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At first, of course, it was English composers (Matthew Locke, for example) who provided the songs and atmospheric music that the plays require. Then, after the great 18th-century revolution in taste that made Shakespeare common cultural property, composers of all countries and styles started writing Shakespeare music.
Some of the pieces have been wowsers. Ambroise Thomas wrote a Hamlet with a "happy" ending - Hamlet is alive at the end, and becomes King of Denmark. In Shostakovichs King Lear, one of the Fools tunes turns out to be Jingle Bells. In Rossinis version of Othello, Othello confronts Desdemona to a jaunty little tune that also shows up in The Barber of Seville, which lends the whole thing a certain air of Bugs Bunny and "Whats Opera, Doc?"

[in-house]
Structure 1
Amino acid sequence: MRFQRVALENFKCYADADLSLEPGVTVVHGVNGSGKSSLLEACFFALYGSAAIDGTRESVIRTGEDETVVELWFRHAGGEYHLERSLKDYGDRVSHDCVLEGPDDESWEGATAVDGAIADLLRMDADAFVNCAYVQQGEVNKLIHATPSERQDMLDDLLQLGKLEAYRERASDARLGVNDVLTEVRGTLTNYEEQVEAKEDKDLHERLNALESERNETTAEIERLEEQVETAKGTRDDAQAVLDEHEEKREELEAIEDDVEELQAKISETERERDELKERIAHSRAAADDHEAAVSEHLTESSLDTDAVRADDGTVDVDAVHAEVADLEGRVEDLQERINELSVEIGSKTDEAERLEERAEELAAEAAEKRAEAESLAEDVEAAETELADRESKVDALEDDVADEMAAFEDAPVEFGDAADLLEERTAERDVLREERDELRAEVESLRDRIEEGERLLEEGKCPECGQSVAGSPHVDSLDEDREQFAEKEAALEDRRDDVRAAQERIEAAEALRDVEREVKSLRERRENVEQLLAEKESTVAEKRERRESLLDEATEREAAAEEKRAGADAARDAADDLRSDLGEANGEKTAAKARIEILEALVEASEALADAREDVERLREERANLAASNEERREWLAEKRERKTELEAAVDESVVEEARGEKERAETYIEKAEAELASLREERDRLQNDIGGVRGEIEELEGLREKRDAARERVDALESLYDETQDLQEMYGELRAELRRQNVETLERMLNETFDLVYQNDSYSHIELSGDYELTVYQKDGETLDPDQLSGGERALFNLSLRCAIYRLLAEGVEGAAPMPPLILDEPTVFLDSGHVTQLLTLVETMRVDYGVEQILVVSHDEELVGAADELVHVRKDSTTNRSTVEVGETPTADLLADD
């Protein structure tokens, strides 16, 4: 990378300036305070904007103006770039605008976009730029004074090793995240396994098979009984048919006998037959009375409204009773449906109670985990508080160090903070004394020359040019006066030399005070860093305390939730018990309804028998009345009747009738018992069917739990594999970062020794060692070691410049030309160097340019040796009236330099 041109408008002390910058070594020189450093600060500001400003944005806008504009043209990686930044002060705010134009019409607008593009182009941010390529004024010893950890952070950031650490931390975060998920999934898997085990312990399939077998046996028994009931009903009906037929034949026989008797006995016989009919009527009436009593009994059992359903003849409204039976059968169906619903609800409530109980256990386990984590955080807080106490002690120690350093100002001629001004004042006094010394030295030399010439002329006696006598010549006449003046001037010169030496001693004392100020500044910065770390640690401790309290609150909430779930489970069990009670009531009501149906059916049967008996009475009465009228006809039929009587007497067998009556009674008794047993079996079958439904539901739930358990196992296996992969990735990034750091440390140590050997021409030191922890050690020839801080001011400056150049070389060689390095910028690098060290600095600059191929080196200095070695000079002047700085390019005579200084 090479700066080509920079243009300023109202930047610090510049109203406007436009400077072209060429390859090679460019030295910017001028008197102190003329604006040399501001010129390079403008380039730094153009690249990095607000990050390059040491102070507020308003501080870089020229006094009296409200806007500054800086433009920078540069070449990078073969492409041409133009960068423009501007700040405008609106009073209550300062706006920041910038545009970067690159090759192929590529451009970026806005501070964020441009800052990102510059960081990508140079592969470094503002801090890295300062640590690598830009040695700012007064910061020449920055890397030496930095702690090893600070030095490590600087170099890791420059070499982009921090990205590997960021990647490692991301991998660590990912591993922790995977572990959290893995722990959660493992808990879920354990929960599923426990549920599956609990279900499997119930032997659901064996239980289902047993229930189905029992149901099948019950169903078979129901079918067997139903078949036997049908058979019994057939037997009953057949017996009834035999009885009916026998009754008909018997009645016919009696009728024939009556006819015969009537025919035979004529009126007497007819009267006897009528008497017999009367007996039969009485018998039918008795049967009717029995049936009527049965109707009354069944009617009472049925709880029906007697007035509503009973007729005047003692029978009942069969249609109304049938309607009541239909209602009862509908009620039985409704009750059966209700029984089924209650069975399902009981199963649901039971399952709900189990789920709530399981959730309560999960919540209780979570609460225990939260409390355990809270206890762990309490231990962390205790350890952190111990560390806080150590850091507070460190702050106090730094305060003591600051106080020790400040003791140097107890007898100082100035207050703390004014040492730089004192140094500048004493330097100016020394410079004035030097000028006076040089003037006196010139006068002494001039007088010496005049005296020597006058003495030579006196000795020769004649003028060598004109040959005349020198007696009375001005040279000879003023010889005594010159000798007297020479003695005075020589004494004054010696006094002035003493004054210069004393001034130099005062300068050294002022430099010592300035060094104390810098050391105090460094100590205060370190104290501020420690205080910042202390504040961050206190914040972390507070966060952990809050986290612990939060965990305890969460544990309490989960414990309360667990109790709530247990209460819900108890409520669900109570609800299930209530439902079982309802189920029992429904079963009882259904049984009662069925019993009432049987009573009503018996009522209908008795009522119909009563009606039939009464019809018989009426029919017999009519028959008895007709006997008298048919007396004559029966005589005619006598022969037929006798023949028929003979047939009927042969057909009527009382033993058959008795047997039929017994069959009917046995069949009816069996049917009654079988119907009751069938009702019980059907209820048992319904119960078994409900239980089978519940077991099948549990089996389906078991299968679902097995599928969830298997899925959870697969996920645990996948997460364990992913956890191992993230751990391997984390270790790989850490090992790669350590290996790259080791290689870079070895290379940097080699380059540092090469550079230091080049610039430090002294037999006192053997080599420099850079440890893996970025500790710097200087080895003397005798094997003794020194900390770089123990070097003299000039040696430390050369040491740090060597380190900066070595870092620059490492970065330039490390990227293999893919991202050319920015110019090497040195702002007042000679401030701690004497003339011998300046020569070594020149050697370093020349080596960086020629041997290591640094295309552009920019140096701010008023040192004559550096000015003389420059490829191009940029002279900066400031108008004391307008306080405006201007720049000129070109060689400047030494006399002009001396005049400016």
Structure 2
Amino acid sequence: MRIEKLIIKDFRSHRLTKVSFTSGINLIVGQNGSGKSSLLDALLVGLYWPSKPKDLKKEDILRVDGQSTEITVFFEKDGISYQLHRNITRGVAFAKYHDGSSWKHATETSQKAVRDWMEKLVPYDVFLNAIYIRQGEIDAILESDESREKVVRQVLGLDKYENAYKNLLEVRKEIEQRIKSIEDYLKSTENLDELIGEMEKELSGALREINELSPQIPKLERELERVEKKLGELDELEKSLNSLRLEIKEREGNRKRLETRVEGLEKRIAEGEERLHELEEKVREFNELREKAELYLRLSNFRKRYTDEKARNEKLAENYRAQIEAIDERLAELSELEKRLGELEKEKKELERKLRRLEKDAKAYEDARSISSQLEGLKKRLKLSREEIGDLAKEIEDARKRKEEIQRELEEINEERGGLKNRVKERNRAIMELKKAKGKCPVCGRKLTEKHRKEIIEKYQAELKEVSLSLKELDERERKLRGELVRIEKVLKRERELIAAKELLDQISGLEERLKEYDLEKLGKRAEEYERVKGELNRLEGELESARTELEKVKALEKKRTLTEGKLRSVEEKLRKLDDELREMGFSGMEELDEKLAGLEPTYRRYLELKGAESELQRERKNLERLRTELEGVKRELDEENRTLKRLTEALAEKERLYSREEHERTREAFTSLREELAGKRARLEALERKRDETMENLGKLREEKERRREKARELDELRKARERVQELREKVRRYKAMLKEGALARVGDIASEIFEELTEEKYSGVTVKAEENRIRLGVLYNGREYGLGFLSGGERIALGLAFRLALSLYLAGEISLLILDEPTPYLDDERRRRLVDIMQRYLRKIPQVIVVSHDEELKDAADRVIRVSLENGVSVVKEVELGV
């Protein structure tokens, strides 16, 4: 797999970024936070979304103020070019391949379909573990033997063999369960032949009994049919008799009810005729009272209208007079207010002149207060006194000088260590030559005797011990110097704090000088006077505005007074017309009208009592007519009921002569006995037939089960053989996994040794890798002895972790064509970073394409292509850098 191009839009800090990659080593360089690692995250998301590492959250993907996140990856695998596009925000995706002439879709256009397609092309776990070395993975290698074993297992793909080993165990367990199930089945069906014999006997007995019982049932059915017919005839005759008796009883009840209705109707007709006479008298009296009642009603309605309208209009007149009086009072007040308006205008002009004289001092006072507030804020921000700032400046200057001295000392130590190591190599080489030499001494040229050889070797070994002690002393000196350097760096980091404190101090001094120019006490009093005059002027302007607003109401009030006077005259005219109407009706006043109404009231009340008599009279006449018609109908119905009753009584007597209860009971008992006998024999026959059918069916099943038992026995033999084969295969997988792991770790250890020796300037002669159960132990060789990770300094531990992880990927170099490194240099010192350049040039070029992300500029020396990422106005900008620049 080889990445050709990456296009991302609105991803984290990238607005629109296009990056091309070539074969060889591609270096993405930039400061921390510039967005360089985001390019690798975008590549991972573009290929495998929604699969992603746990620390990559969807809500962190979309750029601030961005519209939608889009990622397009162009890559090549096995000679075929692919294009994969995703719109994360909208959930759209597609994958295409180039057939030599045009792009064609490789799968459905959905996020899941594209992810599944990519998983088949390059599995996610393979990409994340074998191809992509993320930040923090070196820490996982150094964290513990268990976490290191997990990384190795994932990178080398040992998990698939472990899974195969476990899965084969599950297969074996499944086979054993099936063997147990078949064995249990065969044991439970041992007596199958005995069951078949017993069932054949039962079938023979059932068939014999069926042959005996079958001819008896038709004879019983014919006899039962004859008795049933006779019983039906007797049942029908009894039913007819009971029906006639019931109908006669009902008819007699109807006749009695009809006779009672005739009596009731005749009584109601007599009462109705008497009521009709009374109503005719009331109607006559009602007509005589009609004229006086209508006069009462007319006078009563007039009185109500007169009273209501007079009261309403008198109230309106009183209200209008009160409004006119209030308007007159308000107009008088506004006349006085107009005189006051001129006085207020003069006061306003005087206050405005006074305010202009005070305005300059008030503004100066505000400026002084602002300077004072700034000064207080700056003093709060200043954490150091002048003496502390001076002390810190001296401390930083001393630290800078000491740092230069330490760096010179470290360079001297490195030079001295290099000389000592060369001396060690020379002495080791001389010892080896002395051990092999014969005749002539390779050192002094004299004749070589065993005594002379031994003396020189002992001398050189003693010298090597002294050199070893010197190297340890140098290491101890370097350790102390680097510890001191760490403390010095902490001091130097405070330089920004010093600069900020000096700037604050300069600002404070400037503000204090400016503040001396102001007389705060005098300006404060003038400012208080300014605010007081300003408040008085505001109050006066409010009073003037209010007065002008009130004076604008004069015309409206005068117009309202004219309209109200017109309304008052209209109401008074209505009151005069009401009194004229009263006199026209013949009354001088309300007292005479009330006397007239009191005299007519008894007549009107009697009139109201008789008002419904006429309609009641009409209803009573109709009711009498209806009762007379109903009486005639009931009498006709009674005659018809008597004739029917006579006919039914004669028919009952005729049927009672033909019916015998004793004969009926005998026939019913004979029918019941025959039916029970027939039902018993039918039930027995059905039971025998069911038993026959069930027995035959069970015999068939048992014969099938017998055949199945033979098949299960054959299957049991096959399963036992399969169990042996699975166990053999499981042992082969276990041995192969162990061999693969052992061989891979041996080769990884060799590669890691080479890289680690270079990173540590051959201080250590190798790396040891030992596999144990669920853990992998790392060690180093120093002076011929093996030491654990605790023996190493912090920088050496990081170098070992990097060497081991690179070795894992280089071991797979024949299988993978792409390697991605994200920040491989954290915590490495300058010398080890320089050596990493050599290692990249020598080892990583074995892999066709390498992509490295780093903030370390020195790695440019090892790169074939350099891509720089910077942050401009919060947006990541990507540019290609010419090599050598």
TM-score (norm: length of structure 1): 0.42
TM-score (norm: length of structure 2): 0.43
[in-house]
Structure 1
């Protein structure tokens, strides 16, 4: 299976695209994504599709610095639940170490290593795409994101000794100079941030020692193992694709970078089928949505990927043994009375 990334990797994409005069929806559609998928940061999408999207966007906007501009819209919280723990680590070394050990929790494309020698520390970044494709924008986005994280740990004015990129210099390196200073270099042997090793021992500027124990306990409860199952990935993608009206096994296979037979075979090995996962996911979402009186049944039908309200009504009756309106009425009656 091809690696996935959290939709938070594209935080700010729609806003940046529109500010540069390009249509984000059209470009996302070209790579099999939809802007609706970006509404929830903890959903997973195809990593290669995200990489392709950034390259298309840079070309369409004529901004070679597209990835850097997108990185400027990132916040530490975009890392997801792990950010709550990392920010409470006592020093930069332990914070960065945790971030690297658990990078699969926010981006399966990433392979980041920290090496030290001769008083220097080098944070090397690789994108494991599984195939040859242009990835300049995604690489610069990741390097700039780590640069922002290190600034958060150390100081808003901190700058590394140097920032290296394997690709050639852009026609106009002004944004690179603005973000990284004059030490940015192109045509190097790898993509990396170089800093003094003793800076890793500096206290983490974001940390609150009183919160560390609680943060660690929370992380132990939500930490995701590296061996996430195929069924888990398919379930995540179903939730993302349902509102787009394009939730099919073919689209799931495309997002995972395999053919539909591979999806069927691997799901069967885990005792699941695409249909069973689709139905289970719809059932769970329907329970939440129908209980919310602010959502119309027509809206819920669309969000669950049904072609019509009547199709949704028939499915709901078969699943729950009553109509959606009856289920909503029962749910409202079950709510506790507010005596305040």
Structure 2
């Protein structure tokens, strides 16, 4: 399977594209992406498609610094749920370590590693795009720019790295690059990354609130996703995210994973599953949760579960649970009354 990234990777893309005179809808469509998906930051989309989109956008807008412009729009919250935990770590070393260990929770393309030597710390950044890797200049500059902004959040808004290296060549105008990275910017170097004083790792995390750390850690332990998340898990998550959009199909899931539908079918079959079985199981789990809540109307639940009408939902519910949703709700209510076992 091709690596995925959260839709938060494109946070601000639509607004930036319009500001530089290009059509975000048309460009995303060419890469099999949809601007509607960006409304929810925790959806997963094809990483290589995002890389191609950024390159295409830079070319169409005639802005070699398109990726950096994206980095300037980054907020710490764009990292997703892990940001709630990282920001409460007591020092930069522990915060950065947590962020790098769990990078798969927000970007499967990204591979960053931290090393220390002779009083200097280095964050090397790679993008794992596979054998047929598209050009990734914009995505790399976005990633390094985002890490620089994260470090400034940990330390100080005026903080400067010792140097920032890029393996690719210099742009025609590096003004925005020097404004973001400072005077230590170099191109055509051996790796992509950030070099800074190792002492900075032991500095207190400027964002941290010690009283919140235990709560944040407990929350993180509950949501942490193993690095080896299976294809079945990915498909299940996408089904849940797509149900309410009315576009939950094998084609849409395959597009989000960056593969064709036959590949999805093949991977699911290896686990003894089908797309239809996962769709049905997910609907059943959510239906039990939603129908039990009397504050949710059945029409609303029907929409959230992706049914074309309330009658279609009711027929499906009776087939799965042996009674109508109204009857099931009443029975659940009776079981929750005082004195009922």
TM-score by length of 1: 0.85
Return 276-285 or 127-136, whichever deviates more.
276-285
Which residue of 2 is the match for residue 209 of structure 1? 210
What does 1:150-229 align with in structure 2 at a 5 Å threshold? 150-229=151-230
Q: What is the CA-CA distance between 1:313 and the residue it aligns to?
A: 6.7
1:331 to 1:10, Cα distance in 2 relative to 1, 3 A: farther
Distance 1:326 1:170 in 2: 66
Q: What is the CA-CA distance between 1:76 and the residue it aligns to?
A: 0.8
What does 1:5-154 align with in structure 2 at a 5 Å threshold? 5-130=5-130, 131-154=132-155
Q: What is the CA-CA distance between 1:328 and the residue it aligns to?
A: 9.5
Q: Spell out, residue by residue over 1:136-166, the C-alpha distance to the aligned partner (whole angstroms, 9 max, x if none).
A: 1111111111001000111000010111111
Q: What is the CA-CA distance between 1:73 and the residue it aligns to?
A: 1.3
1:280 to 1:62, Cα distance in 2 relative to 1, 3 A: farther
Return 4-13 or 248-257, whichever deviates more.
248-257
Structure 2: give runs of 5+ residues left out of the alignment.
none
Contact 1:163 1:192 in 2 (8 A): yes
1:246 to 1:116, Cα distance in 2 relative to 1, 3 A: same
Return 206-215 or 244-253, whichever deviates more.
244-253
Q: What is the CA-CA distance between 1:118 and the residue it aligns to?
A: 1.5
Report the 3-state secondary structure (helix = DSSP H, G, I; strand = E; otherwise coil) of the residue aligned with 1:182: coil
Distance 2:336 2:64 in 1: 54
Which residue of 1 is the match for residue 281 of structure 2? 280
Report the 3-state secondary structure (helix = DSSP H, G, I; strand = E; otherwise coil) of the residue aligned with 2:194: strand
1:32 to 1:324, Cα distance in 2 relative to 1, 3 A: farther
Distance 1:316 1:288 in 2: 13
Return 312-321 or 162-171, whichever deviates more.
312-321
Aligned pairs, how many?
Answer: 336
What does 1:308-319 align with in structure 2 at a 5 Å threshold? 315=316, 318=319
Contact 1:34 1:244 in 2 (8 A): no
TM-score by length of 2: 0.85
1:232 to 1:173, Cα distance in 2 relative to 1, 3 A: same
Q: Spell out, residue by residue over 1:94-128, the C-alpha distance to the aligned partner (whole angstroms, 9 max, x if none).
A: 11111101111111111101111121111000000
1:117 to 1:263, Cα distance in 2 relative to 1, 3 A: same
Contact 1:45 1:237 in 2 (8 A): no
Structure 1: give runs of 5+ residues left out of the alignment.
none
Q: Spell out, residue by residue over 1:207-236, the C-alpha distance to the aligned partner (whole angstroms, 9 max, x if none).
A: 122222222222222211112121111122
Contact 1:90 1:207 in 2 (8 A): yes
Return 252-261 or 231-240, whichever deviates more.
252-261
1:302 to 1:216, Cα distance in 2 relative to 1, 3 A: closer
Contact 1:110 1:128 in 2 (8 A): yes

There are also some interesting what-ifs. For years, Verdi wrestled with the idea of a King Lear opera - fruitlessly. Mozart had some familiarity with Shakespeare, but it never bore musical results. Its tantalizing, though, to think of a Mozart Twelfth Night or Tempest. But on Shakespeares birthday, lets concentrate not on the obscure, but on some of the best-known classical pieces inspired by his plays:
Wedding March from A Midsummer Nights Dream
Tchaikovsky: Romeo and Juliet
Williams: Fantasia on Greensleeves
West Side Story
Pomp and Circumstance March No. 1